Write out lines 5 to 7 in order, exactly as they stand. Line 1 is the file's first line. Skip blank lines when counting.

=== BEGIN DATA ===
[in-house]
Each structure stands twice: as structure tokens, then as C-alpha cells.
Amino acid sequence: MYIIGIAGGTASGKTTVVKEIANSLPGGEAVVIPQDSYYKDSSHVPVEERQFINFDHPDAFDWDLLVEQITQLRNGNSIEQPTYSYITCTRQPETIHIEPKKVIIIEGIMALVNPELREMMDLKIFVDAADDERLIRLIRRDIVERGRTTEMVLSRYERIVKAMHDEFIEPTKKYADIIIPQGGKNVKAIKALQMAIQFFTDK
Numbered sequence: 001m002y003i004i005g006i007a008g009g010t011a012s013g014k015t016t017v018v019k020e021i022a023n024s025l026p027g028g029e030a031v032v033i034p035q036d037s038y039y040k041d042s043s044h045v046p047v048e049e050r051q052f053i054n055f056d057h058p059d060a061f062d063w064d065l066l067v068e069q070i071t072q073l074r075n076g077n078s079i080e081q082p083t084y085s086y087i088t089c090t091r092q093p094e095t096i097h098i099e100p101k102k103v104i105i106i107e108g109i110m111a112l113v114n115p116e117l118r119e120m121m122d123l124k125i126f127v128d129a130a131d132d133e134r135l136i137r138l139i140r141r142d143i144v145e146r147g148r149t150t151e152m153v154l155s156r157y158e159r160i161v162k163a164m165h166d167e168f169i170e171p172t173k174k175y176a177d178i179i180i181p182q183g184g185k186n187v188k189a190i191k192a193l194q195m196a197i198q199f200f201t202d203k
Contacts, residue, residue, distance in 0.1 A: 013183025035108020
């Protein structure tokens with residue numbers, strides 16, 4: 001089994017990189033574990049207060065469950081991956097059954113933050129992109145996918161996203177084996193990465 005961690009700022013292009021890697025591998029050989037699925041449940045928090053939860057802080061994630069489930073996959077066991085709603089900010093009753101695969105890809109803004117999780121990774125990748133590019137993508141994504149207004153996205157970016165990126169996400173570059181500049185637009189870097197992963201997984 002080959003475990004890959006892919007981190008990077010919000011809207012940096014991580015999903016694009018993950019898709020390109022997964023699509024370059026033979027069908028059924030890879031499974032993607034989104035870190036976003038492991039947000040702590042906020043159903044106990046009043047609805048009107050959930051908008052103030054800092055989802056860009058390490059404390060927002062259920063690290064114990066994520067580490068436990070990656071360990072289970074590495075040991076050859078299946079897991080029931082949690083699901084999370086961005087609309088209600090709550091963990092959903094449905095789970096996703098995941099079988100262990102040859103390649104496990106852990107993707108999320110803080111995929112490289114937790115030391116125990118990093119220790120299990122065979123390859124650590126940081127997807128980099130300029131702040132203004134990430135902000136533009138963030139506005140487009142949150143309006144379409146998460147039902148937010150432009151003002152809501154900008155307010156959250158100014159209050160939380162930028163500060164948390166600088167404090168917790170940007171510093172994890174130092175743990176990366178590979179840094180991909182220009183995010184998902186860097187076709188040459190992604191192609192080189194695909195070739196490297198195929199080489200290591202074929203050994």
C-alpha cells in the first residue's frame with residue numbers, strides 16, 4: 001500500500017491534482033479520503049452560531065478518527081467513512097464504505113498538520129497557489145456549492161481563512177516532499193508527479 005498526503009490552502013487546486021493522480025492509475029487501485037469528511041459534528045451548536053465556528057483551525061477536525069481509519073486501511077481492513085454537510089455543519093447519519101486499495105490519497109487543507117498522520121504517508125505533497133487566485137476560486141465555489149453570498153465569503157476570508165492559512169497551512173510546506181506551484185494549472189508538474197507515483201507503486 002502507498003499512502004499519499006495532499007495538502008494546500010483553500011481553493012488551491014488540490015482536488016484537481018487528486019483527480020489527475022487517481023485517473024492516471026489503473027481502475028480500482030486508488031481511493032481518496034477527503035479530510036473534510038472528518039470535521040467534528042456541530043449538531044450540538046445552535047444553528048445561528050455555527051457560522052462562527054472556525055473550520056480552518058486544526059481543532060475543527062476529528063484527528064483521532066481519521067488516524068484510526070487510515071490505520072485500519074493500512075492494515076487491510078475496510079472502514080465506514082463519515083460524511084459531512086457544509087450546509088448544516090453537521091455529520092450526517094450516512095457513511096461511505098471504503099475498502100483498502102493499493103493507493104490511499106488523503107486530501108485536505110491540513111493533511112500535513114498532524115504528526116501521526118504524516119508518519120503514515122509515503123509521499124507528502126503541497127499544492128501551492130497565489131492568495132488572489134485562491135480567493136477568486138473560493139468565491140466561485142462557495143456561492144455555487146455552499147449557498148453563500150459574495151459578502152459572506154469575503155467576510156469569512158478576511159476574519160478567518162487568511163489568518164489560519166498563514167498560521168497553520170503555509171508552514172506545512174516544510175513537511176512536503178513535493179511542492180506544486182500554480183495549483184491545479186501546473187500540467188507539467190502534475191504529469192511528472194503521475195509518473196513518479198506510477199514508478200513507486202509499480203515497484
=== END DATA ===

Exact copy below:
Contacts, residue, residue, distance in 0.1 A: 013183025035108020
């Protein structure tokens with residue numbers, strides 16, 4: 001089994017990189033574990049207060065469950081991956097059954113933050129992109145996918161996203177084996193990465 005961690009700022013292009021890697025591998029050989037699925041449940045928090053939860057802080061994630069489930073996959077066991085709603089900010093009753101695969105890809109803004117999780121990774125990748133590019137993508141994504149207004153996205157970016165990126169996400173570059181500049185637009189870097197992963201997984 002080959003475990004890959006892919007981190008990077010919000011809207012940096014991580015999903016694009018993950019898709020390109022997964023699509024370059026033979027069908028059924030890879031499974032993607034989104035870190036976003038492991039947000040702590042906020043159903044106990046009043047609805048009107050959930051908008052103030054800092055989802056860009058390490059404390060927002062259920063690290064114990066994520067580490068436990070990656071360990072289970074590495075040991076050859078299946079897991080029931082949690083699901084999370086961005087609309088209600090709550091963990092959903094449905095789970096996703098995941099079988100262990102040859103390649104496990106852990107993707108999320110803080111995929112490289114937790115030391116125990118990093119220790120299990122065979123390859124650590126940081127997807128980099130300029131702040132203004134990430135902000136533009138963030139506005140487009142949150143309006144379409146998460147039902148937010150432009151003002152809501154900008155307010156959250158100014159209050160939380162930028163500060164948390166600088167404090168917790170940007171510093172994890174130092175743990176990366178590979179840094180991909182220009183995010184998902186860097187076709188040459190992604191192609192080189194695909195070739196490297198195929199080489200290591202074929203050994």
C-alpha cells in the first residue's frame with residue numbers, strides 16, 4: 001500500500017491534482033479520503049452560531065478518527081467513512097464504505113498538520129497557489145456549492161481563512177516532499193508527479 005498526503009490552502013487546486021493522480025492509475029487501485037469528511041459534528045451548536053465556528057483551525061477536525069481509519073486501511077481492513085454537510089455543519093447519519101486499495105490519497109487543507117498522520121504517508125505533497133487566485137476560486141465555489149453570498153465569503157476570508165492559512169497551512173510546506181506551484185494549472189508538474197507515483201507503486 002502507498003499512502004499519499006495532499007495538502008494546500010483553500011481553493012488551491014488540490015482536488016484537481018487528486019483527480020489527475022487517481023485517473024492516471026489503473027481502475028480500482030486508488031481511493032481518496034477527503035479530510036473534510038472528518039470535521040467534528042456541530043449538531044450540538046445552535047444553528048445561528050455555527051457560522052462562527054472556525055473550520056480552518058486544526059481543532060475543527062476529528063484527528064483521532066481519521067488516524068484510526070487510515071490505520072485500519074493500512075492494515076487491510078475496510079472502514080465506514082463519515083460524511084459531512086457544509087450546509088448544516090453537521091455529520092450526517094450516512095457513511096461511505098471504503099475498502100483498502102493499493103493507493104490511499106488523503107486530501108485536505110491540513111493533511112500535513114498532524115504528526116501521526118504524516119508518519120503514515122509515503123509521499124507528502126503541497127499544492128501551492130497565489131492568495132488572489134485562491135480567493136477568486138473560493139468565491140466561485142462557495143456561492144455555487146455552499147449557498148453563500150459574495151459578502152459572506154469575503155467576510156469569512158478576511159476574519160478567518162487568511163489568518164489560519166498563514167498560521168497553520170503555509171508552514172506545512174516544510175513537511176512536503178513535493179511542492180506544486182500554480183495549483184491545479186501546473187500540467188507539467190502534475191504529469192511528472194503521475195509518473196513518479198506510477199514508478200513507486202509499480203515497484